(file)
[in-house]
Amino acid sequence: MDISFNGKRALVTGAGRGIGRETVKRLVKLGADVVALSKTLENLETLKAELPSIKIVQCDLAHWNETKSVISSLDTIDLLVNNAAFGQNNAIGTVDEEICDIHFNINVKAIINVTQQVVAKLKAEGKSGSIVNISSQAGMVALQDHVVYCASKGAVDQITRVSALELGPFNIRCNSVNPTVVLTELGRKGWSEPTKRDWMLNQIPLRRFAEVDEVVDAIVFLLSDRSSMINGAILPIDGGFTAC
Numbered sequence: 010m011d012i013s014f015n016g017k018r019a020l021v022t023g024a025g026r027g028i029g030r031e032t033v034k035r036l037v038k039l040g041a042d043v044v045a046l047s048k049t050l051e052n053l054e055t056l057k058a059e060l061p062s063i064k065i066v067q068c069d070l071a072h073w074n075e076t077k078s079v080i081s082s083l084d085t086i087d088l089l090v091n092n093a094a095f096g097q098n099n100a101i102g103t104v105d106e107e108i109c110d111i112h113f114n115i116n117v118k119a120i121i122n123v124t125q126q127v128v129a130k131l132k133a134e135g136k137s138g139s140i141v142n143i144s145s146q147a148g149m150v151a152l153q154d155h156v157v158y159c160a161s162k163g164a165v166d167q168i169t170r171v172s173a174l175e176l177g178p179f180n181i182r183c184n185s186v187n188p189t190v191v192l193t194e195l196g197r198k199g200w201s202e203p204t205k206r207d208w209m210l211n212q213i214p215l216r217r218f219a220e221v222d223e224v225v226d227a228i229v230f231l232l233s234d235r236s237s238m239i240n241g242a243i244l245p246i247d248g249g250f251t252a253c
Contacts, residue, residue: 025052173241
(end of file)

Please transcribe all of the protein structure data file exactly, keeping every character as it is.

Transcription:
[in-house]
Amino acid sequence: MDISFNGKRALVTGAGRGIGRETVKRLVKLGADVVALSKTLENLETLKAELPSIKIVQCDLAHWNETKSVISSLDTIDLLVNNAAFGQNNAIGTVDEEICDIHFNINVKAIINVTQQVVAKLKAEGKSGSIVNISSQAGMVALQDHVVYCASKGAVDQITRVSALELGPFNIRCNSVNPTVVLTELGRKGWSEPTKRDWMLNQIPLRRFAEVDEVVDAIVFLLSDRSSMINGAILPIDGGFTAC
Numbered sequence: 010m011d012i013s014f015n016g017k018r019a020l021v022t023g024a025g026r027g028i029g030r031e032t033v034k035r036l037v038k039l040g041a042d043v044v045a046l047s048k049t050l051e052n053l054e055t056l057k058a059e060l061p062s063i064k065i066v067q068c069d070l071a072h073w074n075e076t077k078s079v080i081s082s083l084d085t086i087d088l089l090v091n092n093a094a095f096g097q098n099n100a101i102g103t104v105d106e107e108i109c110d111i112h113f114n115i116n117v118k119a120i121i122n123v124t125q126q127v128v129a130k131l132k133a134e135g136k137s138g139s140i141v142n143i144s145s146q147a148g149m150v151a152l153q154d155h156v157v158y159c160a161s162k163g164a165v166d167q168i169t170r171v172s173a174l175e176l177g178p179f180n181i182r183c184n185s186v187n188p189t190v191v192l193t194e195l196g197r198k199g200w201s202e203p204t205k206r207d208w209m210l211n212q213i214p215l216r217r218f219a220e221v222d223e224v225v226d227a228i229v230f231l232l233s234d235r236s237s238m239i240n241g242a243i244l245p246i247d248g249g250f251t252a253c
Contacts, residue, residue: 025052173241